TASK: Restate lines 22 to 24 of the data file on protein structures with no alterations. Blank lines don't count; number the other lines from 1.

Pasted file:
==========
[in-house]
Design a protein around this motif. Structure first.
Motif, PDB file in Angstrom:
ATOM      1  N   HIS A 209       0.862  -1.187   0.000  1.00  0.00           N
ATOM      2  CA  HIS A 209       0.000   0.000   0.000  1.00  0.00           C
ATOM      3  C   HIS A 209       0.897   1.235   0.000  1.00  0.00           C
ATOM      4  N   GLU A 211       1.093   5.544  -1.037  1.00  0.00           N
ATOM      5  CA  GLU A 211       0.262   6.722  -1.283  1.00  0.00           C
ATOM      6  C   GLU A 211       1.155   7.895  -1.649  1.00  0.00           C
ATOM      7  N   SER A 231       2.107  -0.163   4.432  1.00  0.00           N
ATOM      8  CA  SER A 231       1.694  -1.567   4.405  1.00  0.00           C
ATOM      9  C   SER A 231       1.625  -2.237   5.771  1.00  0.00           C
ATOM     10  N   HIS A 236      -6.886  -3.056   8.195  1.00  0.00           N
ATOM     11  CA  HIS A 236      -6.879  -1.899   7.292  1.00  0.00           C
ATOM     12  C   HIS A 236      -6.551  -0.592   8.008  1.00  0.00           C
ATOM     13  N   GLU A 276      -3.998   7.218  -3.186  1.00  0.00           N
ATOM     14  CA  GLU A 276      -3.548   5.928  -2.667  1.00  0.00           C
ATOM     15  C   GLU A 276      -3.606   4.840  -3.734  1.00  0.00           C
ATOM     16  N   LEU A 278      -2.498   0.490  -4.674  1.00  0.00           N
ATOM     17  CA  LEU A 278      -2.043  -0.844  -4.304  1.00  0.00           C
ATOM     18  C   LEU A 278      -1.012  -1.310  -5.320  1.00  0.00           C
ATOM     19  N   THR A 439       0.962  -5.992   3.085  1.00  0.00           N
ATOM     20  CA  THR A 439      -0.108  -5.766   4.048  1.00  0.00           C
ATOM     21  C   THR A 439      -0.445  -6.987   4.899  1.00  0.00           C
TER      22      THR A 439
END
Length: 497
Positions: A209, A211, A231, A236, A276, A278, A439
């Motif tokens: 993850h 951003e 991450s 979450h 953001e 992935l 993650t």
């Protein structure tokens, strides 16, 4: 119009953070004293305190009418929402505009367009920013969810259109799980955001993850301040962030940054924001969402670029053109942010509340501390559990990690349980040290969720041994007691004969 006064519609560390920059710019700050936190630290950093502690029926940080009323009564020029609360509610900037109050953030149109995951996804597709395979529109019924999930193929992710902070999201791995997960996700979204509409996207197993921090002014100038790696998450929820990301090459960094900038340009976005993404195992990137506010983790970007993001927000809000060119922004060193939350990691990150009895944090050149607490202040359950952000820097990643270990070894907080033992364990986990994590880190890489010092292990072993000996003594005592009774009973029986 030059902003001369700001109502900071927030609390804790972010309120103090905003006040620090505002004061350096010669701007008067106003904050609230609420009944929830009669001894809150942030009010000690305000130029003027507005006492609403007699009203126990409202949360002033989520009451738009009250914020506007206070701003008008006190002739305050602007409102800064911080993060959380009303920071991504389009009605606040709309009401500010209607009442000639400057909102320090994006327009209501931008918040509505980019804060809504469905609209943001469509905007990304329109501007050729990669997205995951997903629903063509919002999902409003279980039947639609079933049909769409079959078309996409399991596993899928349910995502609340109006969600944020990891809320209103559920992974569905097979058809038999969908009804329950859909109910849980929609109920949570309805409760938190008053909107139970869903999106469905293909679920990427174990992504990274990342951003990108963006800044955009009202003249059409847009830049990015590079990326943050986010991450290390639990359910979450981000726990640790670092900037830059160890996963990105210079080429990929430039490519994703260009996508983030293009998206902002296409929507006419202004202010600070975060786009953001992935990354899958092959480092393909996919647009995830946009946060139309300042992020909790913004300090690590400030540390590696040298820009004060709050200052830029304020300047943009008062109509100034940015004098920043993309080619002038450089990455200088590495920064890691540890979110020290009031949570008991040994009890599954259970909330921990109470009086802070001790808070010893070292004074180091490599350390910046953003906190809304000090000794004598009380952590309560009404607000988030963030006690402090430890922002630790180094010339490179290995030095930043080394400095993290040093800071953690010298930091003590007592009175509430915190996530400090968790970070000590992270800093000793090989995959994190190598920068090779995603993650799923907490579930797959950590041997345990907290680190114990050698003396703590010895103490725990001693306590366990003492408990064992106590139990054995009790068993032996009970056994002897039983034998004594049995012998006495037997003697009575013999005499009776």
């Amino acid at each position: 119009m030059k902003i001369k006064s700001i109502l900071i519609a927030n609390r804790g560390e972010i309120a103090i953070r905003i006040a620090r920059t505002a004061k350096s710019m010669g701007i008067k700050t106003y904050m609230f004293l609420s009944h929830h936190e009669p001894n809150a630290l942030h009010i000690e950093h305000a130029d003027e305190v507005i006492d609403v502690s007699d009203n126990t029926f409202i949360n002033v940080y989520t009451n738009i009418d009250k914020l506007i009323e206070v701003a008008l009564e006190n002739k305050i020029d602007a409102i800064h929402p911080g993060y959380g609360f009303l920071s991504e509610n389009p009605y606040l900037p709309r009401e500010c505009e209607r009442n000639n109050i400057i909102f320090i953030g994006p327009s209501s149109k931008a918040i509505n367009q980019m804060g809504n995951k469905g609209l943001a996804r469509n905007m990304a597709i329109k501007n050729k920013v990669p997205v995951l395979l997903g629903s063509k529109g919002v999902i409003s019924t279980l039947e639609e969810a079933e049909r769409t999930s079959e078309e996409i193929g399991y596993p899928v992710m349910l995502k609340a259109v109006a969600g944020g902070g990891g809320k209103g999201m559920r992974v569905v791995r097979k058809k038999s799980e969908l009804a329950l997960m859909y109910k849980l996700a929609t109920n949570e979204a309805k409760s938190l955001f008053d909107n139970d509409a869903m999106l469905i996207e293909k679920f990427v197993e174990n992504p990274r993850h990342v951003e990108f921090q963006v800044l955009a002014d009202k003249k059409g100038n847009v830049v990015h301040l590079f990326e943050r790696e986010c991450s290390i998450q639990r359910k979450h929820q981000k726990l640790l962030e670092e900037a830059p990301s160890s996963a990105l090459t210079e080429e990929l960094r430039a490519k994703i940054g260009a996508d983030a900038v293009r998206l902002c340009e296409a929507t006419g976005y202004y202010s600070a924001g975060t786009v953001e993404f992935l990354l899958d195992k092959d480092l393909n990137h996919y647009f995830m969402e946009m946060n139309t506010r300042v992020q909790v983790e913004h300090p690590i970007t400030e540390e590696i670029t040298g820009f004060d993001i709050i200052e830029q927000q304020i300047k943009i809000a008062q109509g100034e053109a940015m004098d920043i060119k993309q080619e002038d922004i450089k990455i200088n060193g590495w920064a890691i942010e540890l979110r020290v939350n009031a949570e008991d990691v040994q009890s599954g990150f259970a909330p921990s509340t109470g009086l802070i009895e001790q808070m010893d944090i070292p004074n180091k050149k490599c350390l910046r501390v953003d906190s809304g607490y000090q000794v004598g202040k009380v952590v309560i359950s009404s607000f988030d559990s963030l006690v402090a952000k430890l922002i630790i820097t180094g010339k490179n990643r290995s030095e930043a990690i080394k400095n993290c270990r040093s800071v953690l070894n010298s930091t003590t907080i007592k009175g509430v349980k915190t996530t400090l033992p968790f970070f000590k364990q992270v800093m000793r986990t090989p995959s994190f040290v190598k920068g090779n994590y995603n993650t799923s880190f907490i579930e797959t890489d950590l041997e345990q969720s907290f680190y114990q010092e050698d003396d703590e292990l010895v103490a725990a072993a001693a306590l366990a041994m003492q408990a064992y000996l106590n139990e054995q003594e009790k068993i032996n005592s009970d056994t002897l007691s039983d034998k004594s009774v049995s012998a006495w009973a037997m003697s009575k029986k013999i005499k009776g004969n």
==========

ATOM     19  N   THR A 439       0.962  -5.992   3.085  1.00  0.00           N
ATOM     20  CA  THR A 439      -0.108  -5.766   4.048  1.00  0.00           C
ATOM     21  C   THR A 439      -0.445  -6.987   4.899  1.00  0.00           C